Vermont today joined the small but growing list of states to adopt the Next Generation Science Standards, after its state board of education voted 9 to 0 in favor. The action came the same day that Maryland’s board also voted unanimously for adoption.
In all, state boards of education in five states have now signed off on the standards, including Rhode Island, Kansas, and Kentucky. (In Kentucky, the board’s vote on adoption is still subject to a regulatory process that includes review by legislative committees.)
All five states to act so far were among the 26 “lead state partners” that helped to develop the standards. While most, if not all, of those states are expected to eventually adopt, one key question is how many other states may follow suit. As I reported recently, Florida’s department of education is gathering public feedback on the standards now.
UPDATE (June 26, 4:30 p.m.): I just received a press release from Vermont’s education agency about the board’s action. “I hear often from Vermont businesses struggling to fill positions due to the lack of applicants skilled in science, technology, engineering, and mathematics (STEM),” said Democratic Gov. Peter Shumlin in the release. “The Next Generation Science Standards help address these gaps and keep Vermont’s schools on the leading edge nationwide.”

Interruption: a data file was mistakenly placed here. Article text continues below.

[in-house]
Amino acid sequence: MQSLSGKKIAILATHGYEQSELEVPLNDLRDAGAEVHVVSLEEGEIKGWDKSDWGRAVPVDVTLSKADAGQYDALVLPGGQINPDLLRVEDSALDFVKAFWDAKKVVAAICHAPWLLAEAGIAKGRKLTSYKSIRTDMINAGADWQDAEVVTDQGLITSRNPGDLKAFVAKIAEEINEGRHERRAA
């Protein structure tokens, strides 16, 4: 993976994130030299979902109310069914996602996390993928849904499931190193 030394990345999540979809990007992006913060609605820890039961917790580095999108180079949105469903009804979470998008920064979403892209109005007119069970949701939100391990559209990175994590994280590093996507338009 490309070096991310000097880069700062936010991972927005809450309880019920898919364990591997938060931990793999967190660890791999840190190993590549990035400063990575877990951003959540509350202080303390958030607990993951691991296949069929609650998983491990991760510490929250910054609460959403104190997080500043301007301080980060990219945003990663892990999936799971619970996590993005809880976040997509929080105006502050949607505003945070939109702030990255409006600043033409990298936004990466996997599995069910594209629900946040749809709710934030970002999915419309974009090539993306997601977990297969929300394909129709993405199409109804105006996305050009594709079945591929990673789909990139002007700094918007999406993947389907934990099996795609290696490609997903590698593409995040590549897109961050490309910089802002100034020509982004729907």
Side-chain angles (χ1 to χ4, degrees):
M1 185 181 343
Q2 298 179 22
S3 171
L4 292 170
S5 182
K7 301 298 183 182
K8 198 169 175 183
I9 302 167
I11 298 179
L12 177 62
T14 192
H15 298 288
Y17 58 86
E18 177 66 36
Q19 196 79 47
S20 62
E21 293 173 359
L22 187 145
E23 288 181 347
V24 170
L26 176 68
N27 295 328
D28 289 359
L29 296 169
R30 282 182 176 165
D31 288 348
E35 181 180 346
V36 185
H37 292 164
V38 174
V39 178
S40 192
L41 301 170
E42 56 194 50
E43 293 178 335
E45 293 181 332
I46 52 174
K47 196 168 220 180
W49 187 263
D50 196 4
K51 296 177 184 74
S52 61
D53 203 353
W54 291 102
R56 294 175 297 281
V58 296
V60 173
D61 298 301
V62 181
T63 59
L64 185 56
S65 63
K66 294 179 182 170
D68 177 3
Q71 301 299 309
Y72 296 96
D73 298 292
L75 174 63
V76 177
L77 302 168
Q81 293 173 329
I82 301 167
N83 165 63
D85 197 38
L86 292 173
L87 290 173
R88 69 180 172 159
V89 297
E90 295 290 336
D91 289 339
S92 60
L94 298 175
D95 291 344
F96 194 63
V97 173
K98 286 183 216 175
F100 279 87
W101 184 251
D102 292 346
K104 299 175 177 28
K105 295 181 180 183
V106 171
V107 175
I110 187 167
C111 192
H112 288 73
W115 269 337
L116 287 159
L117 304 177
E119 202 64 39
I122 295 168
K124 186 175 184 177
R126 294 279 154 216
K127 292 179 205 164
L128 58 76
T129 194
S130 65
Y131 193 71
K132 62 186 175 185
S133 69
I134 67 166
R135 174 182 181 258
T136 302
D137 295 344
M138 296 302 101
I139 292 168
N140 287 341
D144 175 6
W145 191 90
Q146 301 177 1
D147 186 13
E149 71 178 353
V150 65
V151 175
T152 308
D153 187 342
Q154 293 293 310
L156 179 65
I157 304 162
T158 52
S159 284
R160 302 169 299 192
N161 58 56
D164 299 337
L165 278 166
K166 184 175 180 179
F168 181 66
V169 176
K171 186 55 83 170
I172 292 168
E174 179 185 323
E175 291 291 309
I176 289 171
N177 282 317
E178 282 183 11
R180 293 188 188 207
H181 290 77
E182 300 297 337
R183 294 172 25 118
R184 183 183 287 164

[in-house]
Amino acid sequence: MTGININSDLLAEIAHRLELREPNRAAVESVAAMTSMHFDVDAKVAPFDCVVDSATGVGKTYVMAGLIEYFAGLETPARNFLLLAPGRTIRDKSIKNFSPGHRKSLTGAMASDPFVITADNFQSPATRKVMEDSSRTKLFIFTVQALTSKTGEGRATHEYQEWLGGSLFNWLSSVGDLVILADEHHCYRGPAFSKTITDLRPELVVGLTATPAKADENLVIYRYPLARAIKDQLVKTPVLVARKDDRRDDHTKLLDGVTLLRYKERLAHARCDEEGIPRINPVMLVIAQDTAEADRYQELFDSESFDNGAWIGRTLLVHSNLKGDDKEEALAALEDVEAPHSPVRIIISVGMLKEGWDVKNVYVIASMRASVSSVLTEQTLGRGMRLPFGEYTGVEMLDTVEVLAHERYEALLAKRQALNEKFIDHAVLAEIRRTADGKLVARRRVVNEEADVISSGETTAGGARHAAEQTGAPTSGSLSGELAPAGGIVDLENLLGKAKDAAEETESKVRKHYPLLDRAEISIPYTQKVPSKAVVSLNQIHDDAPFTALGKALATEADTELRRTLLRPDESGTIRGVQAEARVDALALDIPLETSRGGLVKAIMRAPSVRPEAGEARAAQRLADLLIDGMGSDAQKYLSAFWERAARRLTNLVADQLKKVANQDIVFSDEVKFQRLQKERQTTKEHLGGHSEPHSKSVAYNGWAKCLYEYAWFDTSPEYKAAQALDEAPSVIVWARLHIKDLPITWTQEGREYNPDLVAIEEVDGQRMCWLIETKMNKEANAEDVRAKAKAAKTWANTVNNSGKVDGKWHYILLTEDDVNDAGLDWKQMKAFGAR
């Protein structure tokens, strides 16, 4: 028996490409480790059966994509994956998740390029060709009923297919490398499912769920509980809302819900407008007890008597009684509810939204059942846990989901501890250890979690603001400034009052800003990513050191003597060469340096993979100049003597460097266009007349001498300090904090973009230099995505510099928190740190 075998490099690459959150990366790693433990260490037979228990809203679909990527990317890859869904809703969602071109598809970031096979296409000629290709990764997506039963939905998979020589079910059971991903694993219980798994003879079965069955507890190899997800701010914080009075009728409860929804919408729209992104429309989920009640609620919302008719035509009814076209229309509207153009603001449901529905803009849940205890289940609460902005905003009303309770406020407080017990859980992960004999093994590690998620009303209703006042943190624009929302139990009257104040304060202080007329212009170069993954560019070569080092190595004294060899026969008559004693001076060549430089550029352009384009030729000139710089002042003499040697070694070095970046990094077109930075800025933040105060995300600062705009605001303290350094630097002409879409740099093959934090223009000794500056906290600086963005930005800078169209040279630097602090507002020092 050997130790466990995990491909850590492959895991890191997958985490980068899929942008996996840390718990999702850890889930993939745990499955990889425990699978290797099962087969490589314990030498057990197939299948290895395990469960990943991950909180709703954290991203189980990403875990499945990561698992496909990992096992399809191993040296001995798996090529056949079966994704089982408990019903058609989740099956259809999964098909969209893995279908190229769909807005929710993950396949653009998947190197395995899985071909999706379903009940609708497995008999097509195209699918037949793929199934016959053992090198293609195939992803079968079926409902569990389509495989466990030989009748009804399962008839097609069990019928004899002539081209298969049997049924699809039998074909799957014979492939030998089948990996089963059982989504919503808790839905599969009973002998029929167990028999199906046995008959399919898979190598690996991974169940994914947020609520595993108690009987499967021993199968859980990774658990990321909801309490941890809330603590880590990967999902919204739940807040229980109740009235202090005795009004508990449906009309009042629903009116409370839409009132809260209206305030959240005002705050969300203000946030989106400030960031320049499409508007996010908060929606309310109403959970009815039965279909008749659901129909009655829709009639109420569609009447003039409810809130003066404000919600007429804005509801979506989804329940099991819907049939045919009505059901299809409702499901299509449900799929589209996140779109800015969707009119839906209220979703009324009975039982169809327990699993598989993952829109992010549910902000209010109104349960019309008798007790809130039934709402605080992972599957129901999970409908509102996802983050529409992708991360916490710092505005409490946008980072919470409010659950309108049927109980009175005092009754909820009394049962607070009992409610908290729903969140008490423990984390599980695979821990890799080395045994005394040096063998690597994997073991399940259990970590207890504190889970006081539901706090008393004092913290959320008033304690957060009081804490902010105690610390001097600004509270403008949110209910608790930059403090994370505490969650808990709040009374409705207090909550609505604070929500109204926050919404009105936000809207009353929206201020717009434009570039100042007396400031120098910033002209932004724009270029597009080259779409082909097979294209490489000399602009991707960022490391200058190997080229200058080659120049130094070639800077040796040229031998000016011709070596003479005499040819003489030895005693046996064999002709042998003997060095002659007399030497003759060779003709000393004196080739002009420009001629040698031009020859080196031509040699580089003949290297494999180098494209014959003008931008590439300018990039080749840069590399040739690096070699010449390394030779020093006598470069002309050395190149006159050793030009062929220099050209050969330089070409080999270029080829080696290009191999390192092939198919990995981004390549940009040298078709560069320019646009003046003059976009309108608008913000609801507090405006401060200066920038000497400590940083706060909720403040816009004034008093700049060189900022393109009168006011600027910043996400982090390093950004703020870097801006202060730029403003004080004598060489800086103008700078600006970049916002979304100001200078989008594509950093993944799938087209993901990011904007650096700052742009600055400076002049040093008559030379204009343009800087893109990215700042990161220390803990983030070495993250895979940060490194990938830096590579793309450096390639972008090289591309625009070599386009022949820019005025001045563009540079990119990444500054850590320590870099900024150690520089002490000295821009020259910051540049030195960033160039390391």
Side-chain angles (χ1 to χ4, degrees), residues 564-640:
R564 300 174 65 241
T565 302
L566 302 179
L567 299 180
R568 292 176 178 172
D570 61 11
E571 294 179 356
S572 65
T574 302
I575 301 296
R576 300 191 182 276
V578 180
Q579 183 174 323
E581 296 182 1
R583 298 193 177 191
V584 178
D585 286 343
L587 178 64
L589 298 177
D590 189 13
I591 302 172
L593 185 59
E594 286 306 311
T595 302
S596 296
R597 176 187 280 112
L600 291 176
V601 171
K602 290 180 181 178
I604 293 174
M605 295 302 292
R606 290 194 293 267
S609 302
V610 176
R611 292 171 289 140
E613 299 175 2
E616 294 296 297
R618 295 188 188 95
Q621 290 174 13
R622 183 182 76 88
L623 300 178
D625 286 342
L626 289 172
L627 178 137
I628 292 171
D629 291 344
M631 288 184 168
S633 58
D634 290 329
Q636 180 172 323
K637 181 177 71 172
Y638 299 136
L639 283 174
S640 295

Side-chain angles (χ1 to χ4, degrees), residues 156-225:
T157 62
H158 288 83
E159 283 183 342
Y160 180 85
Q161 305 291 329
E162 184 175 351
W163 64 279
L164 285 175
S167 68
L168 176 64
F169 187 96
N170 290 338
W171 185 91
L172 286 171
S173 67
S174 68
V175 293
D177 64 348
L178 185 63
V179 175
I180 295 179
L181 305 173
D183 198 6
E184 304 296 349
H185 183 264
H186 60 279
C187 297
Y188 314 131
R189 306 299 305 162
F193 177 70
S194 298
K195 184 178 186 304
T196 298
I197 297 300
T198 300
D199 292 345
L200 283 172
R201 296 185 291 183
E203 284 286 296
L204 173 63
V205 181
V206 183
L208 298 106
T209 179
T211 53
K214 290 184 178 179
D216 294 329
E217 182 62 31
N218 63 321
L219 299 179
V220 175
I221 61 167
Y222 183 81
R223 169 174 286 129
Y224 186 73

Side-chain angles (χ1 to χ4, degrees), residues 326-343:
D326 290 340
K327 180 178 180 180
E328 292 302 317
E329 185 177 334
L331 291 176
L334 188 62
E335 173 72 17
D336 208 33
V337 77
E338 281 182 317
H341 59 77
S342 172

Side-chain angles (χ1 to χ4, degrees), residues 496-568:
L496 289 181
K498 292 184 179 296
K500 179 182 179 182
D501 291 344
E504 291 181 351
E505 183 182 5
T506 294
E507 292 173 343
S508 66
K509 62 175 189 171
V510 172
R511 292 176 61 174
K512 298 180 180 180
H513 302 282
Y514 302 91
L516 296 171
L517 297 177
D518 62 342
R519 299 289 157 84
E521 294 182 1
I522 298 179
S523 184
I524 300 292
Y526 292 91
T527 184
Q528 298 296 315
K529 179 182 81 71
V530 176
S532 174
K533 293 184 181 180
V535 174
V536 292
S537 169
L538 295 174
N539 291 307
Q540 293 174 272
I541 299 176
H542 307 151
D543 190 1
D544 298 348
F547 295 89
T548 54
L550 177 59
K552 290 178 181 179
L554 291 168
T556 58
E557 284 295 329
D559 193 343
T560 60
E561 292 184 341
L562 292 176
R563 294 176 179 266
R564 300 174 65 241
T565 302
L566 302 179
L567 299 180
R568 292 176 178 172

Also, this document from the state education agency provides some background on Vermont’s involvement in developing the standards. In addition, it discusses the “cost implications” for implementing the standards. Not surprisingly, the first item is professional development for educators.
“Vermont educators will need meaningful professional development to support refocusing their pedagogy to incorporate engineering design and integrated science
content into classroom instruction effectively,” the document says.
A version of this news article first appeared in the Curriculum Matters blog.